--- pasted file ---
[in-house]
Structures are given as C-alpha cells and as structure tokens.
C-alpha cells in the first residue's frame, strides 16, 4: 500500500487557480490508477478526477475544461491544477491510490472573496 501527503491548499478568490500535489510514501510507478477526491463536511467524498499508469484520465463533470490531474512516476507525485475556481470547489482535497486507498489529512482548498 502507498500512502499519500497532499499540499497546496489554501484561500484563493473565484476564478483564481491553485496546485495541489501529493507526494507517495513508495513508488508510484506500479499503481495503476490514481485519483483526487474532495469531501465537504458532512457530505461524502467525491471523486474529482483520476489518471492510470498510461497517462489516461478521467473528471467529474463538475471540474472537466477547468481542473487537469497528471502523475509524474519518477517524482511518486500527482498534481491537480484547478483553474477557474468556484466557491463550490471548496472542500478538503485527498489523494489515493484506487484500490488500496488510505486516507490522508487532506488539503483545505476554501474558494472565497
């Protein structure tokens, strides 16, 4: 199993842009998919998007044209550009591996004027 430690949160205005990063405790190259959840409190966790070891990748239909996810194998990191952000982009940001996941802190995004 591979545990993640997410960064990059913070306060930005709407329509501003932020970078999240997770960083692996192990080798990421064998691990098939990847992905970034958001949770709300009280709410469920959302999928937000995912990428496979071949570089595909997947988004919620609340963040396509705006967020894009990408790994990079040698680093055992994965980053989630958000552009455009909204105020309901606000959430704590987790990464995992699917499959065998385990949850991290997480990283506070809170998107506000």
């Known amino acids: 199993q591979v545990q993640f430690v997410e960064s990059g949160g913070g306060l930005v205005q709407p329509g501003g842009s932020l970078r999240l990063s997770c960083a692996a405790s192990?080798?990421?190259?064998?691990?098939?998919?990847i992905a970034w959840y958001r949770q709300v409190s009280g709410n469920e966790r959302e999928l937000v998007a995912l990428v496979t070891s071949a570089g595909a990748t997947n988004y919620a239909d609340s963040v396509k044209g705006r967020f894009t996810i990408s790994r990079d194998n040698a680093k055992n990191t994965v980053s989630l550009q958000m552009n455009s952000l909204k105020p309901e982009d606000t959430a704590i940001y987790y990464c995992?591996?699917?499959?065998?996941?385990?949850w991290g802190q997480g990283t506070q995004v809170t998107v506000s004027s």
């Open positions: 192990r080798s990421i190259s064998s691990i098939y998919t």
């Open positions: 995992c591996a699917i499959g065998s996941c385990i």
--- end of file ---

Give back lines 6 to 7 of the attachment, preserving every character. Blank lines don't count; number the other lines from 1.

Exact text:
């Open positions: 192990r080798s990421i190259s064998s691990i098939y998919t």
């Open positions: 995992c591996a699917i499959g065998s996941c385990i």